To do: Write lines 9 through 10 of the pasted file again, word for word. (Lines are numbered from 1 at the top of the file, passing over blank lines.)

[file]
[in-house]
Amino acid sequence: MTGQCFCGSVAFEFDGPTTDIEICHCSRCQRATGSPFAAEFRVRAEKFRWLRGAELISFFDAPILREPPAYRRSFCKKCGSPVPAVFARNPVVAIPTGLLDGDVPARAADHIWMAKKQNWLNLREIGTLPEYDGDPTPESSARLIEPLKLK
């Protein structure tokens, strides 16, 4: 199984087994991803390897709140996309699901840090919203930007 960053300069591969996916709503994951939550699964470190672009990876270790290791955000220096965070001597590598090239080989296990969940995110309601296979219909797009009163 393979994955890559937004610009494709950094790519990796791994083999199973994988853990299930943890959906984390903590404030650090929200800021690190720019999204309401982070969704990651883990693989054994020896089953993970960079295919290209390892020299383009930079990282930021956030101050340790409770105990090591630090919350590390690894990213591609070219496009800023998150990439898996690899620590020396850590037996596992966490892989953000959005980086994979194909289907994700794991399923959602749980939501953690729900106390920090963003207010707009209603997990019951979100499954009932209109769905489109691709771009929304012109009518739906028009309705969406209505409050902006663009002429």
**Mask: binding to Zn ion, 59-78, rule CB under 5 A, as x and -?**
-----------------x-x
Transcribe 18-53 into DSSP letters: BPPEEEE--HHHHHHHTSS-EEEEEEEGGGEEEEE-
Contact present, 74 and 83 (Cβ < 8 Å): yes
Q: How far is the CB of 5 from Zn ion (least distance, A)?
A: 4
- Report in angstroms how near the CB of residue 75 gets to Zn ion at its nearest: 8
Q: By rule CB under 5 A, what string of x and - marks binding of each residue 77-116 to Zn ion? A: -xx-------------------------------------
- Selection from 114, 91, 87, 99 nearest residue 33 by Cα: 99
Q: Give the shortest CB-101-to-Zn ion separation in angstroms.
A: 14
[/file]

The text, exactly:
A: 4
- Report in angstroms how near the CB of residue 75 gets to Zn ion at its nearest: 8